In order to open the package, a flap 7 formed between the tear indications 5 is lifted, whereafter the plastic web can be torn open due to its linearity along the extension of the tear indications parallel with the glue lines.

The method outlined above involves the advantages that no spread of loose fiber particles from the package will occur since opening takes place by tearing the plastic material, and that the bonds on the package can be made without considering any demands on tearability, obviating simultaneously the problems associated with too weak bonds. Also, optimal security is attained with regard to maintaining sterility of the enclosed article.

According to the second embodiment shown in FIGS. 2a and 2b, a sterilized article 8 is applied with one of its side surfaces abutting against the paper web part 9, which is rectangular in shape and has two opposing edge portions 10 bent in over two edges 11 of the article and partially in over the opposite side surface 12 thereof. The plastic web part 13 overlaps the inwardly bent edge portions 10 of the paper web part and is sealed thereto, preferably by hot melt 14, parallel with and close to the fold lines of the edge portions 10. At its ends, the package further has cross seals 15, the portion of the plastic web part located beyond the cross seal at one end 16 of the package being provided with tear indications 17 made in the linear direction of orientation of the plastic material and aligned with the bonds 14 connecting the plastic web part to the inwardly bent edge portions of the paper web part. The tear indications are disposed close to the edge bonds and with their lines of elongation extending lengthwise of the bent-over edge portions 10 of the paper web part. The package is opened by tearing off the plastic web part along the elongation of the tear indications, as shown in FIG. 3.

By means of the portions 10 of the paper web part being bent in over the edges of the contents in the package, the article in the package when opened is prevented from coming into contact with the ripped, non-sterile surfaces of the plastic material. The edge flaps further serve to minimze the risk of the contents sliding out when opening the package, said flaps also enabling one person along to empty the package by grasping the article between the main portion of the paper web part and one inwardly bent portion with one hand, the other hand then being free to fold off the opposite, inwardly bent portion from the article. In doing so, the article is allowed to fall out of the package and down onto a sterile surface without the risk of touching any non-sterile surfaces on the package such as the ripped edges of the plastic web part.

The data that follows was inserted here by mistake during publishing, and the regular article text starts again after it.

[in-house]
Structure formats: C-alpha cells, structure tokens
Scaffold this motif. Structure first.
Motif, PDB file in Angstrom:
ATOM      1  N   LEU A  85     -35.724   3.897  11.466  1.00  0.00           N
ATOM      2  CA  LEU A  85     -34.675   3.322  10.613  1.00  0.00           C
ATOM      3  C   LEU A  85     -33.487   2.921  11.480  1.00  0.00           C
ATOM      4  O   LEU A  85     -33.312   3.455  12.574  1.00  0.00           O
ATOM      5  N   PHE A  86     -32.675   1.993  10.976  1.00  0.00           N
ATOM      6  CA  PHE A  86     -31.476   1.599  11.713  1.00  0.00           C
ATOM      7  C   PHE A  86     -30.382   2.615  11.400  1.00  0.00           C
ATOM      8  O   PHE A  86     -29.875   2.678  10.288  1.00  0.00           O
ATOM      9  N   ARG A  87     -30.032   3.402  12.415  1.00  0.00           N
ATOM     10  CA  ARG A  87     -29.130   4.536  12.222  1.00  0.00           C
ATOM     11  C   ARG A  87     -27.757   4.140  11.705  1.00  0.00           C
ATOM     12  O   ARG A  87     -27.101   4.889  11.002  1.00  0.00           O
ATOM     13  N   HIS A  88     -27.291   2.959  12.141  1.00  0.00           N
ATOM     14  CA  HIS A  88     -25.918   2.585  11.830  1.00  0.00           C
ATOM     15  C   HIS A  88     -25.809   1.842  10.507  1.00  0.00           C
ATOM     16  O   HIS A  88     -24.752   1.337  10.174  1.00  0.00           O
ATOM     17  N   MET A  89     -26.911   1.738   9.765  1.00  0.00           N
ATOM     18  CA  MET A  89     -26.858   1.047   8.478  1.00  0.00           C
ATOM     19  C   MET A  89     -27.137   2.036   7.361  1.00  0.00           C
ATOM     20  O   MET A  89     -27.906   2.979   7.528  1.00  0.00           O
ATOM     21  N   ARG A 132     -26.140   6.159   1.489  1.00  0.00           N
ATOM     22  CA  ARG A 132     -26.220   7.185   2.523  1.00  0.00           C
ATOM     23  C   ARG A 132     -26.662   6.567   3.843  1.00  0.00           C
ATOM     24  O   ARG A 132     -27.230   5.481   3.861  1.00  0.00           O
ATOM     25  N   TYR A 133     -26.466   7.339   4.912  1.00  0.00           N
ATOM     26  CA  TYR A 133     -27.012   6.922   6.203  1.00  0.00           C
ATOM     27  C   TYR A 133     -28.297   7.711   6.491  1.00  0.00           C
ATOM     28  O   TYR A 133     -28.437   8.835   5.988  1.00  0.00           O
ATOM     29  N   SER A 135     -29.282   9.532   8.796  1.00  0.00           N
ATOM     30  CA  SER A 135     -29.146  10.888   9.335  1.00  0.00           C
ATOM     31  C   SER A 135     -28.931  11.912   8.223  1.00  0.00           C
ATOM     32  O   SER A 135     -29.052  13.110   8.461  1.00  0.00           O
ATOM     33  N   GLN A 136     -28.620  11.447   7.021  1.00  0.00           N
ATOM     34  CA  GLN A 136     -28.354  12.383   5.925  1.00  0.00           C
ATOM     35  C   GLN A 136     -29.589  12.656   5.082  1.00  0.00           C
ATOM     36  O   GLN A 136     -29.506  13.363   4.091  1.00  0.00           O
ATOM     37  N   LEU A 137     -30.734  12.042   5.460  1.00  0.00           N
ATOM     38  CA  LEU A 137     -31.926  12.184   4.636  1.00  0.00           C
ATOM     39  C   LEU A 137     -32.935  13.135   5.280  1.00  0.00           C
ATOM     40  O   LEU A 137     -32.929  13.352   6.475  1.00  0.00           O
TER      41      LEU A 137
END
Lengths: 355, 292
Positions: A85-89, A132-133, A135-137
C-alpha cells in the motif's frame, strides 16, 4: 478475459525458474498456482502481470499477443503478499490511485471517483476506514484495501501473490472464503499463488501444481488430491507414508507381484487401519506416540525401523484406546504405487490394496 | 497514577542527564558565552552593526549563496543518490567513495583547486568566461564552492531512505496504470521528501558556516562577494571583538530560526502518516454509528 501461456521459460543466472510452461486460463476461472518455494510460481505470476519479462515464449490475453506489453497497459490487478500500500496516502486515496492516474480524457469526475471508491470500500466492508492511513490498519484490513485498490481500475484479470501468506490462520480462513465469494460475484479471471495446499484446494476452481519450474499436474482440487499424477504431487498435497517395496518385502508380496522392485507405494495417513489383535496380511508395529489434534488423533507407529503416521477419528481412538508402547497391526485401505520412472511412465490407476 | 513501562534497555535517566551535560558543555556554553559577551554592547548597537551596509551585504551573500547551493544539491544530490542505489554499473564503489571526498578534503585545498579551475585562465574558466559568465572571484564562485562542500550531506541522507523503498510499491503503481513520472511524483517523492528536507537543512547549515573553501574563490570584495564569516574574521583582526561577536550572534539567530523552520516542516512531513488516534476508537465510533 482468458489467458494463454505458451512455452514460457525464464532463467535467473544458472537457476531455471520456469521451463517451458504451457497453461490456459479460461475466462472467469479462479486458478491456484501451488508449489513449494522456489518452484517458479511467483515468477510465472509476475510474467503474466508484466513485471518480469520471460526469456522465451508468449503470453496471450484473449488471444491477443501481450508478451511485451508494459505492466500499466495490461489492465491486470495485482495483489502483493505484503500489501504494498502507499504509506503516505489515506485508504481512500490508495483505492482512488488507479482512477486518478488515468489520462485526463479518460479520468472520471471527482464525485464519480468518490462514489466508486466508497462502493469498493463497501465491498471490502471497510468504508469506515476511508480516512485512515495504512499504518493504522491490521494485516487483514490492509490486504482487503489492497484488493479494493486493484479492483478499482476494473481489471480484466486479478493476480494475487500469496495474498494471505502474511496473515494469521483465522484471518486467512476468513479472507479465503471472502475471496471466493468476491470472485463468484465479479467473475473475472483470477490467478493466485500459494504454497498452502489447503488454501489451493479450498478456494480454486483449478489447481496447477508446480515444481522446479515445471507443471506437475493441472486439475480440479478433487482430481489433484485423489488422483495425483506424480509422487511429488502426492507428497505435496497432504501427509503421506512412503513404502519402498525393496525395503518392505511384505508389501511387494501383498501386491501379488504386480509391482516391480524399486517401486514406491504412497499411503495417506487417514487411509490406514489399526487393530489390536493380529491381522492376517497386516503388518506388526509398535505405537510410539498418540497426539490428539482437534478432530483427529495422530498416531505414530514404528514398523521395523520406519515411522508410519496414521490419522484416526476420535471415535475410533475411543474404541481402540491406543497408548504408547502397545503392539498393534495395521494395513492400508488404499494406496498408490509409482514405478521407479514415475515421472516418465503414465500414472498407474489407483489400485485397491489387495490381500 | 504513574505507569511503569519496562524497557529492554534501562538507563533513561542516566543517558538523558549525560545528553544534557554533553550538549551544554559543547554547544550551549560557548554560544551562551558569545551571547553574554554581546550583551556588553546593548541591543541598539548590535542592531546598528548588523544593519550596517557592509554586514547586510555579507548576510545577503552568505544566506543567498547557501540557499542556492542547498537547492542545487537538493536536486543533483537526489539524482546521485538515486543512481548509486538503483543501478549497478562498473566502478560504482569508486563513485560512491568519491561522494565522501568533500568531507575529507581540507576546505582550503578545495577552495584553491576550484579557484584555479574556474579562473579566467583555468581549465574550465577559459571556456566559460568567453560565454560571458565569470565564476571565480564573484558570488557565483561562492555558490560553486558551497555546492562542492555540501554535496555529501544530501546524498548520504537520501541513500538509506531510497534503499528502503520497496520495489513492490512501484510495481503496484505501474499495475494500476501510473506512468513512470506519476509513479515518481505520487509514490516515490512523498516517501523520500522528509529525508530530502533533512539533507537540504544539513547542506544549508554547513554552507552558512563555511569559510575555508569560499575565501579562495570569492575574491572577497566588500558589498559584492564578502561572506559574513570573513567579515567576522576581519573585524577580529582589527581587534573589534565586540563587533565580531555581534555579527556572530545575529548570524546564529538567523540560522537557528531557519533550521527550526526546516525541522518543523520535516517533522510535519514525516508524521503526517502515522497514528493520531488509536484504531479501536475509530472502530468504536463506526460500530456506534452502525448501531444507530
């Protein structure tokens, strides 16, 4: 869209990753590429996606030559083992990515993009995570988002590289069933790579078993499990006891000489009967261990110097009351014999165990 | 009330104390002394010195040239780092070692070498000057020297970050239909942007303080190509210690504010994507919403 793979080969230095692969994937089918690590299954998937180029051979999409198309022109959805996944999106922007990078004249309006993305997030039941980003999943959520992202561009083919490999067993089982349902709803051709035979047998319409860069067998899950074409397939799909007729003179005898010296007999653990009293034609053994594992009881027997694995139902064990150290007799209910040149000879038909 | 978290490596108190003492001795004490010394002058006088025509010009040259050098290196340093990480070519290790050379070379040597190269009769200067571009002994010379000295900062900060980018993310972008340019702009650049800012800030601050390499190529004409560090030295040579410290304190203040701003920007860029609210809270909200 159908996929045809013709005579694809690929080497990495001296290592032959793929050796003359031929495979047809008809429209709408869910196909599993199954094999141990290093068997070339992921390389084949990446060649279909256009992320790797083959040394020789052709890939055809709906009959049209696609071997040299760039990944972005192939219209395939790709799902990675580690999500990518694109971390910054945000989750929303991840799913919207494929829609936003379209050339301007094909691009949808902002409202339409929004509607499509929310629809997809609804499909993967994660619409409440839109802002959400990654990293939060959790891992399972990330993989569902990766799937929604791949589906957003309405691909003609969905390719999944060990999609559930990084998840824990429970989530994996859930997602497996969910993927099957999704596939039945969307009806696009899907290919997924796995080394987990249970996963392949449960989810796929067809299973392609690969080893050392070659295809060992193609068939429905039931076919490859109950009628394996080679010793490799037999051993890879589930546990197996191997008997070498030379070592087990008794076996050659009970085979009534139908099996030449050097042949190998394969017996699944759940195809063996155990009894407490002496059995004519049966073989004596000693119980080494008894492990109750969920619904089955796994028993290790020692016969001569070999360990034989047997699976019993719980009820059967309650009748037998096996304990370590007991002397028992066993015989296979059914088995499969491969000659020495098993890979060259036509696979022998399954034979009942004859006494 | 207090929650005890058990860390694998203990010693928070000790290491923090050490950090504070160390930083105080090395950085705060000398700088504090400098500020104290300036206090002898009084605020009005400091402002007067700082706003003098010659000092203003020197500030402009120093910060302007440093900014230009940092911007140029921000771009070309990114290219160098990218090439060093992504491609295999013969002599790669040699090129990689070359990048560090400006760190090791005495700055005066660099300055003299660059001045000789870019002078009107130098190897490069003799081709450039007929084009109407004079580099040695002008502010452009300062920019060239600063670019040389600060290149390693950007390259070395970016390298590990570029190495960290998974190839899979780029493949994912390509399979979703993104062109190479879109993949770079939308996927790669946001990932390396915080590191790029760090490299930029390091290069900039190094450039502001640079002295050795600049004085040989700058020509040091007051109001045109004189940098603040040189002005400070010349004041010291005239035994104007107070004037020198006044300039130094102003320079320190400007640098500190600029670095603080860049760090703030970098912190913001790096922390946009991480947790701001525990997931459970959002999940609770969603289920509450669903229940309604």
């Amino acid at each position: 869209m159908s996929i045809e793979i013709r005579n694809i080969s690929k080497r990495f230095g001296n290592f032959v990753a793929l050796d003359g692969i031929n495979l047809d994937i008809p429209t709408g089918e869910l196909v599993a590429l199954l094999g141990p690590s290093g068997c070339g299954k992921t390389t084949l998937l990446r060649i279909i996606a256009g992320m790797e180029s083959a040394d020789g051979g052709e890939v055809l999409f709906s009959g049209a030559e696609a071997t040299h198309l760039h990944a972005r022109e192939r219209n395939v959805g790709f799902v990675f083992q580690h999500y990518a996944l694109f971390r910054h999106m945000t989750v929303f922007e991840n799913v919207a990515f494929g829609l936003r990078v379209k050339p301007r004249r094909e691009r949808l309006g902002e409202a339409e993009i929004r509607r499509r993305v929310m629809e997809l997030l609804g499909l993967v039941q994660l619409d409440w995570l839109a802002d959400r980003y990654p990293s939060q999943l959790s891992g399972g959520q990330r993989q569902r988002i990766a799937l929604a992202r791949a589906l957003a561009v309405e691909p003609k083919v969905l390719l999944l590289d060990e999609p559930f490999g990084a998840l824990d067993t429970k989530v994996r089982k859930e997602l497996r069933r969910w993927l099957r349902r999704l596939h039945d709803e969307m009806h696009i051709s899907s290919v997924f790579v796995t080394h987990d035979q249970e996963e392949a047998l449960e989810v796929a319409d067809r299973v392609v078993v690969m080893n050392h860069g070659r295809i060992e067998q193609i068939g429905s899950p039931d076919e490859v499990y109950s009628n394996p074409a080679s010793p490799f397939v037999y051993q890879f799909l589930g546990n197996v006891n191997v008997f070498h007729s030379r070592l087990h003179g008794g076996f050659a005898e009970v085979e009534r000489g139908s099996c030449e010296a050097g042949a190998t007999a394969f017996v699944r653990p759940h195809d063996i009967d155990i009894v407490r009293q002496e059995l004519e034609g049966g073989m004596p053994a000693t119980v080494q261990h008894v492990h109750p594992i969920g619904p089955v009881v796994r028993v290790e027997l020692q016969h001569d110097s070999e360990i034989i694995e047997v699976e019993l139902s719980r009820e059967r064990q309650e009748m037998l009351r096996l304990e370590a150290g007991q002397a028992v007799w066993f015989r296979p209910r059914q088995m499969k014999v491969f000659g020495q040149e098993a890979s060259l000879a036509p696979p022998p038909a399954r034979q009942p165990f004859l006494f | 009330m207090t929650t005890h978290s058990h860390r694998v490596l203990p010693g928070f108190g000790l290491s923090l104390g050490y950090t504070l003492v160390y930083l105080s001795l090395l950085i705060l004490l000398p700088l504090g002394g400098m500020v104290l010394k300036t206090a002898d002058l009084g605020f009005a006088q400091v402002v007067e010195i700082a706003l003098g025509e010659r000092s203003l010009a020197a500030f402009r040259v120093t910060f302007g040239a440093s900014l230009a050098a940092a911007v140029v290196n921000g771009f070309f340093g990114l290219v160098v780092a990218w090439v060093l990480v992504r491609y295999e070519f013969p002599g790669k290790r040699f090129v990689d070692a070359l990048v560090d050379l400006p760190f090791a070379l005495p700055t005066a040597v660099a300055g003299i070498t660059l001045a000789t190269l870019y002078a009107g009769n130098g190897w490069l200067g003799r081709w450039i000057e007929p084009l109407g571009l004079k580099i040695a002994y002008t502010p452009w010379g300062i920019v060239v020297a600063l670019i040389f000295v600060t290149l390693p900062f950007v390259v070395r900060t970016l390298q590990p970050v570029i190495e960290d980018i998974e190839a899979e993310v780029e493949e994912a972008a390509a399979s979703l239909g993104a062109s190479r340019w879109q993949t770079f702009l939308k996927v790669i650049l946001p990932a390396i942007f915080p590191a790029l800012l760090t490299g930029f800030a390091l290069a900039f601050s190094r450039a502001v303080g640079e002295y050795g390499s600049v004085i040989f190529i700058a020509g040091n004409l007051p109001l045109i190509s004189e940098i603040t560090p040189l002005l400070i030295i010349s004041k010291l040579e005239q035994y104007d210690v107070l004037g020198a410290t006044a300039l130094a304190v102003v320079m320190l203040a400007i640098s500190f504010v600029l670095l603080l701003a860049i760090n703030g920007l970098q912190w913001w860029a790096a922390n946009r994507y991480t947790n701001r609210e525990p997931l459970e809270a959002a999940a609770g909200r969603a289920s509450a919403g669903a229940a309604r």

A further advantage is gained in that the foldings and the plastic together render the package more flexible, thus enabling it to be utilized also for bulky and thick articles, as well as the resulting profits with regard to freedom of loose fibers and increased bond strength.

The invention is not limited to the embodiments described above but also encompasses any modification falling within the scope of the appended claims.

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Referenced by
Citing PatentFiling datePublication dateApplicantTitle
US4936456 *Apr 6, 1989Jun 26, 1990Kapak CorporationBag arrangement
US5100003 *Jan 19, 1990Mar 31, 1992TeichPackage for packing pieces of goods and process of manufacture thereof
US5253754 *Aug 14, 1992Oct 19, 1993American Fluoroseal CorporationPeel package and method of packaging organs
US5474637 *Aug 31, 1994Dec 12, 1995American Fluoroseal CorporationPeel package sealing machine
US5507579 *Dec 13, 1993Apr 16, 1996Perseco Division Of The Havi Group LpSandwich bag
US5620095 *Mar 10, 1995Apr 15, 1997Minnesota Mining And Manufacturing CompanyOrthopedic casting material and hermetic package
US5727682 *Nov 22, 1995Mar 17, 1998Bloom & KretenLow-cost safe blade package for surgical purposes
US5947296 *Oct 30, 1997Sep 7, 1999Schneider/NamicMultipack package
US5984088 *Feb 4, 1997Nov 16, 19993M Innovative Properties CompanyEasy open package and method of making same
US6969197 *Apr 5, 2002Nov 29, 2005Ronpak, Inc.Sterilizable package
USRE37910Sep 8, 2000Nov 26, 2002C. Joyce WittThree dimensional insert construction
U.S. Classification383/201, 206/461, 206/484.1, 206/439, 383/120
International ClassificationB65D75/30, B65D75/58, A61L2/26
Cooperative ClassificationA61L2/26, B65D75/30, B65D75/5833
European ClassificationB65D75/58E1, A61L2/26
Legal Events
Jan 14, 1997FPExpired due to failure to pay maintenance fee
Effective date: 19961106
Nov 3, 1996LAPSLapse for failure to pay maintenance fees
Jun 11, 1996REMIMaintenance fee reminder mailed
Apr 22, 1992FPAYFee payment
Year of fee payment: 4
Jan 15, 1987ASAssignment
Effective date: 19870109